Bad long bow accidents maim strings for life.
Bad wolf high school students won't kill math deer.
Omelette man takes the yolk dame for a wife.
Whiskey ogres slaughter defenceless beer.
A real flightless bird never checks his coat.
Lights dim for a nest of newborn cigars.
Soft flammable logs in wind hold your note.
Movie meetings can use talking guitars.
Leopard hearts can't be spelt with letter U.
Toxic toffee taints the Wonka mill pond.
Howls misprinted from coyotes aren't new.
Beeps are blurred when the road runners respond.
Jalapeño tears drop from the cheese sky.
Targets conquer their own evil bull's-eye.
I'm rather tired now from a day of having accomplished very little. Lots of getting stuck in traffic while trying to Christmas shop. As soon as I'm done writing this entry, I'm heating some sake and listening to Howard Stern, and maybe I'll try to sign onto WoW. I suppose I could say I'm having sake in honour of George Takei being on The Howard Stern Show all week. I saw Brent Spiner's getting shit on Twitter for talking about how he hopes Stern's not going off the air at the end of this year, when his contract with Sirius/XM expires. I'm surprised there isn't more tension among Star Trek fans for Takei's involvement with the show, but then, it's not like I hang out with circles of Trekkies, so maybe they're regularly incensed. It's hard to imagine such an infamously sexually repressed group dealing with this stuff easily.
Spiner's apparently wanted to get on the Stern Show for a while now to discuss, according to one Stern Show correspondent, how "badly" his career's gone, post-Star Trek. I suppose Gates McFadden's fared worse, and despite Marina Sirtis' small role in the Paul Haggis Crash and a starring role in the Sci-Fi Channel's Grendel (a hilariously bad Beowulf adaptation), she's probably not doing as well as Spiner either. Still, considering he was considered second only to Patrick Stewart in terms of prominence on the show, one I suppose could've reasonably expected him to have a Leonard Nimoy-ish post Star Trek career.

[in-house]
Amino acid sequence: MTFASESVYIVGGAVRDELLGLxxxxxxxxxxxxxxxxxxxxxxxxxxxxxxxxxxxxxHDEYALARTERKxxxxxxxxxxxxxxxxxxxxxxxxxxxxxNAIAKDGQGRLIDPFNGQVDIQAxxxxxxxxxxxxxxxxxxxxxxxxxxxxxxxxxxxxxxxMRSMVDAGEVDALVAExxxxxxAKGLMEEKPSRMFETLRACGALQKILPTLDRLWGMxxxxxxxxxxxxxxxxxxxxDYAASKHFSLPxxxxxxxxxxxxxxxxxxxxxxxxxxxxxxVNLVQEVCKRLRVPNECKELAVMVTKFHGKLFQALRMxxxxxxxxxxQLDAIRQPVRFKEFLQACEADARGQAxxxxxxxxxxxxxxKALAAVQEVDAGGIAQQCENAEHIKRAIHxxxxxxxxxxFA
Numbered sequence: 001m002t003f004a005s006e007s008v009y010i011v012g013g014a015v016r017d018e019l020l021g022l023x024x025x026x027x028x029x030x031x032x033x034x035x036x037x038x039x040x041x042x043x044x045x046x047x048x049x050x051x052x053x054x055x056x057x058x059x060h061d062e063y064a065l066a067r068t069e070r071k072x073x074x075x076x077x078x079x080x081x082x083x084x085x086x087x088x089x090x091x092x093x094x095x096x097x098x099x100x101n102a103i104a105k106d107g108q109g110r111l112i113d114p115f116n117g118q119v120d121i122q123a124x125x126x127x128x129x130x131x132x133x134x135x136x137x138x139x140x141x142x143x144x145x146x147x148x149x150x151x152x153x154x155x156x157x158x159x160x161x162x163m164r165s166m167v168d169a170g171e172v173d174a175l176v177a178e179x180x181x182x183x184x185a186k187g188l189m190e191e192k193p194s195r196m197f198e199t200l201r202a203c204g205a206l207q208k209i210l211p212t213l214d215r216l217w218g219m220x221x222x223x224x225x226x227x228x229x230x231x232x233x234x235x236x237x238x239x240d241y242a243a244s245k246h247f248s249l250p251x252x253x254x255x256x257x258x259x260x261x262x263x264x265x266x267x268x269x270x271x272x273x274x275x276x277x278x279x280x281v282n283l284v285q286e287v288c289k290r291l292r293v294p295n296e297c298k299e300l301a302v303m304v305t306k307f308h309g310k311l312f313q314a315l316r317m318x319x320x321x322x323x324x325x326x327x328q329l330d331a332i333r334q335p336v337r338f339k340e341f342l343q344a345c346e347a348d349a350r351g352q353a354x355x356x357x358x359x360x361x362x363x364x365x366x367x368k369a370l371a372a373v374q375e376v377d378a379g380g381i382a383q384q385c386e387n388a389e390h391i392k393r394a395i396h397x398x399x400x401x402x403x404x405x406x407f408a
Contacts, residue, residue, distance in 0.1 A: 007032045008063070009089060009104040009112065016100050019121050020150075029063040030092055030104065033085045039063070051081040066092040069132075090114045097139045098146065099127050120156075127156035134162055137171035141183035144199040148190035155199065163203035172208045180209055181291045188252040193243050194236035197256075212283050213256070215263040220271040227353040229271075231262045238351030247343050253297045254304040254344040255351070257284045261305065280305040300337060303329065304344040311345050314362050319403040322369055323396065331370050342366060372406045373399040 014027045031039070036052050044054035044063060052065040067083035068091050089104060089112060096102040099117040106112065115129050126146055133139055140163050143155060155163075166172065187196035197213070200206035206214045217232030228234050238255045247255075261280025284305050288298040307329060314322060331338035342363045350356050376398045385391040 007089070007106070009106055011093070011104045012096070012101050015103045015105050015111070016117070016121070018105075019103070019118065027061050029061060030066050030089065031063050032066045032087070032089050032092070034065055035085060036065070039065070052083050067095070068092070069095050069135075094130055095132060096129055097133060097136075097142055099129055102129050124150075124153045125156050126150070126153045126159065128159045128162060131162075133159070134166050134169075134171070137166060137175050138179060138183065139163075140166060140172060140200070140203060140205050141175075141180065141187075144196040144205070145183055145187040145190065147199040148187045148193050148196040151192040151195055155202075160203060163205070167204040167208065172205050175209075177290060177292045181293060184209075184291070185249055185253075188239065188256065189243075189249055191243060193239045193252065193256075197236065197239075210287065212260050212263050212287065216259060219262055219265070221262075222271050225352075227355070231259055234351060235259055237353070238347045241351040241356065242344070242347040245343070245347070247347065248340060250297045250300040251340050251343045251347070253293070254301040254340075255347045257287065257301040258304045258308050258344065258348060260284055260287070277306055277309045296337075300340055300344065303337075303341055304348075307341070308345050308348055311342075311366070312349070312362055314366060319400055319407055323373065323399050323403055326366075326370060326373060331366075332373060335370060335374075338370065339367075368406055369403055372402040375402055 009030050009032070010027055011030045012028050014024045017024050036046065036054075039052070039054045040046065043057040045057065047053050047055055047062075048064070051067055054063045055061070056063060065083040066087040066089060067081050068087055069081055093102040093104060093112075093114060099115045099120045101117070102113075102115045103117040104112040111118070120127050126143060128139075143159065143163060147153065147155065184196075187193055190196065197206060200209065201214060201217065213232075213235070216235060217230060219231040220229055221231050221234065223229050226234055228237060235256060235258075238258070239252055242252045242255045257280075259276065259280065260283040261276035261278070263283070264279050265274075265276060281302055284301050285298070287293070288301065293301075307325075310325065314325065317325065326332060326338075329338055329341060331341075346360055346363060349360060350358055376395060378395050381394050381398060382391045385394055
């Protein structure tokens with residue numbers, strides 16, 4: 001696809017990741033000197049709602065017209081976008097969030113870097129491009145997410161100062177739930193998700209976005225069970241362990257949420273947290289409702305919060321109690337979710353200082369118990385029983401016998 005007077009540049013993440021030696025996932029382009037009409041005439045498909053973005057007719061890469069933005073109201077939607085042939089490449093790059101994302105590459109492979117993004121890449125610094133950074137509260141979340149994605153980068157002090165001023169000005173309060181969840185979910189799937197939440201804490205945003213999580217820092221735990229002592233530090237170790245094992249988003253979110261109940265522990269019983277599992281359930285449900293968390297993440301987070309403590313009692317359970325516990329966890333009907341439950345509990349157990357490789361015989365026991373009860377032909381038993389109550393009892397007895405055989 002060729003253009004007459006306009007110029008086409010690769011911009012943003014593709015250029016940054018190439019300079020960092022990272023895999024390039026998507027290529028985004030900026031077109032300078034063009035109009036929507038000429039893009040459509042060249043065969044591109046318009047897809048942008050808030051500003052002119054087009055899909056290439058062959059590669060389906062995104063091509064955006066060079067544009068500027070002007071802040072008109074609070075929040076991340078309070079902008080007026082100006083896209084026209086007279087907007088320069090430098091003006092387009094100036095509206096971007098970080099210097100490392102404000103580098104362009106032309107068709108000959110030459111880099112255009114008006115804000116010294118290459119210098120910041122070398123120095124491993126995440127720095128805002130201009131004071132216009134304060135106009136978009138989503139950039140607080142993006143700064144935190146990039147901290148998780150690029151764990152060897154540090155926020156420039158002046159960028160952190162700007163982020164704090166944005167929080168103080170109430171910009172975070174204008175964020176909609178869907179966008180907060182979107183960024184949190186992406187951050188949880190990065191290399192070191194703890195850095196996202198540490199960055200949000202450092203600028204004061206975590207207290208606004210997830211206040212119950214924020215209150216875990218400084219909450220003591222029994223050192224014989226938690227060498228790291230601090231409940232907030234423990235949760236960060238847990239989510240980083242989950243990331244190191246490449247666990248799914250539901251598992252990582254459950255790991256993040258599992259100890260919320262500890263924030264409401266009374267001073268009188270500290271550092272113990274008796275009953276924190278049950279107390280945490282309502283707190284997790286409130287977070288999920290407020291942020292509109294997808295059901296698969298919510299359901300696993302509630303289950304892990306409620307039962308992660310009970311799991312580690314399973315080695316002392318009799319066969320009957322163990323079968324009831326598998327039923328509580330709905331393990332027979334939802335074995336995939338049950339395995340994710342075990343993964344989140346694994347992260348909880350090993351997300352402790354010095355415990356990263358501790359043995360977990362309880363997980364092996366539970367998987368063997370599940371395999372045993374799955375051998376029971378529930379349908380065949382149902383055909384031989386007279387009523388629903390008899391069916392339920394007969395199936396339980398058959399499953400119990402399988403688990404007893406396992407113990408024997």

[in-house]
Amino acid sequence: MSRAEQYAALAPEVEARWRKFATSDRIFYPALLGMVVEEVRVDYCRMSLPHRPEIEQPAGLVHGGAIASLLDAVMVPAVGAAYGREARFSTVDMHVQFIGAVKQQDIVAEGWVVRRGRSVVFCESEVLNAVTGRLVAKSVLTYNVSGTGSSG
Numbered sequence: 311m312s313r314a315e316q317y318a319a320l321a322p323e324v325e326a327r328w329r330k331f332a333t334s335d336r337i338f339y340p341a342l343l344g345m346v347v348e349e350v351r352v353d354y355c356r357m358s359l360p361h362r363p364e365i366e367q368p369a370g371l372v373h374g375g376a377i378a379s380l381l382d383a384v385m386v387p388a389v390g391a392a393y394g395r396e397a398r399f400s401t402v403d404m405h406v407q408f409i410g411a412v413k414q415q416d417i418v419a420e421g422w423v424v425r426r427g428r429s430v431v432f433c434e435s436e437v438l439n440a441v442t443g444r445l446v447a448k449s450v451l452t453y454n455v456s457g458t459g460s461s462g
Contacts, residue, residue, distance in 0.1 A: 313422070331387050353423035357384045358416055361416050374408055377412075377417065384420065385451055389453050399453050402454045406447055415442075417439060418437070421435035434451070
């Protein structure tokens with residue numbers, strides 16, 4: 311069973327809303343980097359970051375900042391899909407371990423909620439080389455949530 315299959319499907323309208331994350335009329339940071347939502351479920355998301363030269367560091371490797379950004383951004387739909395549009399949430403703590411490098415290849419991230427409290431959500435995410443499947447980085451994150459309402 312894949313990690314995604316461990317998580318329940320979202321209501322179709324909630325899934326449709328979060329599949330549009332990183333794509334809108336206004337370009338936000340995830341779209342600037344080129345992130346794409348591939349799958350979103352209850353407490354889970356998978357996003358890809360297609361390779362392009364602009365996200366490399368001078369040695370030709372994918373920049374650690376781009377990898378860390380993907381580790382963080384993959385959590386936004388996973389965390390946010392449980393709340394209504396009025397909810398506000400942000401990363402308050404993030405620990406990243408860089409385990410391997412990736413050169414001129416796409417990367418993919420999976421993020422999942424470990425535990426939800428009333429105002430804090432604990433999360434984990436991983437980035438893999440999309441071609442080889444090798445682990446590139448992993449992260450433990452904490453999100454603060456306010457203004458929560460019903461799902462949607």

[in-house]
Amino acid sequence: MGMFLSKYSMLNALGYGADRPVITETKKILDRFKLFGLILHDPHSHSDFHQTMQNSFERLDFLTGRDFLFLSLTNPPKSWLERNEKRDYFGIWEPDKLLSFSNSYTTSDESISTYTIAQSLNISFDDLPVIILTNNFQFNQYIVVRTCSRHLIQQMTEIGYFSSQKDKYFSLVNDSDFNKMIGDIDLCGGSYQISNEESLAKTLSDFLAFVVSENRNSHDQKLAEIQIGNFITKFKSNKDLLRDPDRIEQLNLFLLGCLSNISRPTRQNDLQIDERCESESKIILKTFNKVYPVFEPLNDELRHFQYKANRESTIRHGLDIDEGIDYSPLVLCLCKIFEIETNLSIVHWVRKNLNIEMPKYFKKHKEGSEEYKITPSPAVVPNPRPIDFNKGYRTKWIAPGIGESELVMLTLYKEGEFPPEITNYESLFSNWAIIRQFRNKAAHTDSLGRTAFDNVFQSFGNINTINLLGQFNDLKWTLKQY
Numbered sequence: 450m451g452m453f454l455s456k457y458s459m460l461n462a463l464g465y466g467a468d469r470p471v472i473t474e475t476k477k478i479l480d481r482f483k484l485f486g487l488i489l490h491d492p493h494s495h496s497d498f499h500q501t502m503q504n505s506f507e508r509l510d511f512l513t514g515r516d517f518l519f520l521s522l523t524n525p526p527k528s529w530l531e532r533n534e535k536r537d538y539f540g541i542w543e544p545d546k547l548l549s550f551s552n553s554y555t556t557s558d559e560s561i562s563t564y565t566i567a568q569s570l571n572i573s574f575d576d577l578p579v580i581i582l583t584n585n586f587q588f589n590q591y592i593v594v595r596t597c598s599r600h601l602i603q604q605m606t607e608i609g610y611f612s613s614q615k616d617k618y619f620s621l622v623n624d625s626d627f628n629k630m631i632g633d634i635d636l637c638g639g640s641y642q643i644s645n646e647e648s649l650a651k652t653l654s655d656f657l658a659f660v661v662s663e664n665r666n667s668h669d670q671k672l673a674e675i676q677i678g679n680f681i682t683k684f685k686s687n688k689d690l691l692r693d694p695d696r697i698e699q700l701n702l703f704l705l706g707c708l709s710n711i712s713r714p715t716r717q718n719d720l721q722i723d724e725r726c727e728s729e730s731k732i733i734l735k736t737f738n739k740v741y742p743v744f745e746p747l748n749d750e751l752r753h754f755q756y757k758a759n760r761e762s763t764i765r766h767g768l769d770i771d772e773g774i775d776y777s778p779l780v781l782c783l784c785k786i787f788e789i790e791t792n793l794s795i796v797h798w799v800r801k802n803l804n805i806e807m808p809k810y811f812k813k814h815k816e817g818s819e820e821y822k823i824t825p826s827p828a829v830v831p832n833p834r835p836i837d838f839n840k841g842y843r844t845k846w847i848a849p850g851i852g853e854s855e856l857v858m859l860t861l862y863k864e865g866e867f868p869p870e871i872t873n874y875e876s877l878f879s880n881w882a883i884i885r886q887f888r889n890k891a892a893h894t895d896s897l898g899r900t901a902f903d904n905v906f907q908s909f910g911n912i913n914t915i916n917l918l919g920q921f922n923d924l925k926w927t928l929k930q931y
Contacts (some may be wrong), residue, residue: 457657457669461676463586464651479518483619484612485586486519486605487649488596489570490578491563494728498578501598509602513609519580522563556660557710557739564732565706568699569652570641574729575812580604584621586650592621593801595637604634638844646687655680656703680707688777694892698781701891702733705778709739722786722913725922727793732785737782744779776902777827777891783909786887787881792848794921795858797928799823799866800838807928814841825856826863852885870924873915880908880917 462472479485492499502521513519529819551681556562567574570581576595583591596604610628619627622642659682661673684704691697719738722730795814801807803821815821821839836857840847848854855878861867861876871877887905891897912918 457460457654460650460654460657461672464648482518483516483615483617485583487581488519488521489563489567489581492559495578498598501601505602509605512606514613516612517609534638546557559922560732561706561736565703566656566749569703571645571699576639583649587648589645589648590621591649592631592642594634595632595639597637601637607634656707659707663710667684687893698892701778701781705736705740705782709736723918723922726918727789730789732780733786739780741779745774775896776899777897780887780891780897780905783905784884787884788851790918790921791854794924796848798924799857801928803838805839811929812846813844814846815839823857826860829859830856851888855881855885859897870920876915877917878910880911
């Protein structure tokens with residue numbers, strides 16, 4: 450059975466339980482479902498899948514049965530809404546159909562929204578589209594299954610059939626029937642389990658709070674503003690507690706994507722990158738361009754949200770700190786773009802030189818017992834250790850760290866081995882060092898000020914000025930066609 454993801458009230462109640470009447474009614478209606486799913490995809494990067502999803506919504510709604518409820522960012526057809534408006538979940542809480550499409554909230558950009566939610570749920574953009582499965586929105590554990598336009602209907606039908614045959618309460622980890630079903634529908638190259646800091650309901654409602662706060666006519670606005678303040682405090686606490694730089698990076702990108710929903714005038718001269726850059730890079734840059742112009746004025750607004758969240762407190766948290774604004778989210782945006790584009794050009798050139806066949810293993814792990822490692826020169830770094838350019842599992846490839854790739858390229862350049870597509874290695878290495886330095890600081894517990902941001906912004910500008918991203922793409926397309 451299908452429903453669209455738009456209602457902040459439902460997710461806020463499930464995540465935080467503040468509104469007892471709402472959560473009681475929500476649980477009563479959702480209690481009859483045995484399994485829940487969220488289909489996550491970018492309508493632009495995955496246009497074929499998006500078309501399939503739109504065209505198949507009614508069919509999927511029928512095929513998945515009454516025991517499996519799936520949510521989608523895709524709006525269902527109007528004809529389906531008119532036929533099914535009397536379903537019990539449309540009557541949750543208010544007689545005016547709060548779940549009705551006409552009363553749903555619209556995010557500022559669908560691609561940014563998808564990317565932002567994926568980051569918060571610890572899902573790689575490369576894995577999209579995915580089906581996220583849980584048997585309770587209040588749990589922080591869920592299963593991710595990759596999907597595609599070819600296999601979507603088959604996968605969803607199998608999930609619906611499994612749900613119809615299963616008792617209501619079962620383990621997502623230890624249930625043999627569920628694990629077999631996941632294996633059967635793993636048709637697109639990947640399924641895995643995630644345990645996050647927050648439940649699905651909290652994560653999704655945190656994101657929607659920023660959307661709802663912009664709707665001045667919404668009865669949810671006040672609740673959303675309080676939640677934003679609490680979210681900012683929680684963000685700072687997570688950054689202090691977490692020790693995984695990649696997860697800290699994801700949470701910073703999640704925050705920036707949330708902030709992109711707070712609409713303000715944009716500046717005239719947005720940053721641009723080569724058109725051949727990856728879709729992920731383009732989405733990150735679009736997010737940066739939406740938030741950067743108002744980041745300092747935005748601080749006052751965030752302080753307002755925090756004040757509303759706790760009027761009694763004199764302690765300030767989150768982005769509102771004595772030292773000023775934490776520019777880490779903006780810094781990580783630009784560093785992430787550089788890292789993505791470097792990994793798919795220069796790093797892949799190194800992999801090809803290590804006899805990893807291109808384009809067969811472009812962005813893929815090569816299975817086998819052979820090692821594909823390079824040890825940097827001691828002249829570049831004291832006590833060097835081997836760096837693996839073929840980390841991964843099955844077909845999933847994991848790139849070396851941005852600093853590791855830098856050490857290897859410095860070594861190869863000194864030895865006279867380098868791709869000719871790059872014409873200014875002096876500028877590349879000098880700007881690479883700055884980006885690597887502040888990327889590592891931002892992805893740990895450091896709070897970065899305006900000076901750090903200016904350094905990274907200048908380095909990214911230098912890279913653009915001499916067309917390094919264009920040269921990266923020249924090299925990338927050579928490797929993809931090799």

He can at least say he had a part, if a tiny and completely undistinguished part, in a Martin Scorsese movie (The Aviator). But I think part of the problem is that he was so very different as Data. Even on the show, when a possessing spirit, Q's magic, or an emotion chip caused Data to smile for some reason, he instantly stopped being that character. Something about the way his jaw would suddenly look soft and big when he smiled or laughed.
His nose may have been too badass for people to take, too. But the thing is, unlike Nimoy, who used his natural cool, Spiner's own more effusive personality subtly spilling out around the edges is what made Data work. And he was never really interesting in any other role, most importantly he wasn't as interesting in the TNG movies, when he had an emotion chip, which was always a big part of why those movies didn't work as well as the movies based on the original series.
With the recent reboot movie, the possibility of another Next Generation movie seems even less likely now. My hope is that a new movie with a cgi Data voiced by Spiner will come along at some point, maybe taking place in one of the alternate universes from the final episode of Next Generation. The distinctive Enterprise-D would need to come back too, you see, because the E was so bland I doubt anyone can clearly remember what the bridge looked like.
By the time any such movie had even the chance of happening, cgi just might be well enough up to the task, too. I was sort of tempted to see the new Disney movie, Tangled, except I couldn't help thinking how much I'd rather see an old fashioned cell animated movie. Thank the gods for Japan. I honestly don't understand why Americans invariably prefer full length animated movies be done with computer now.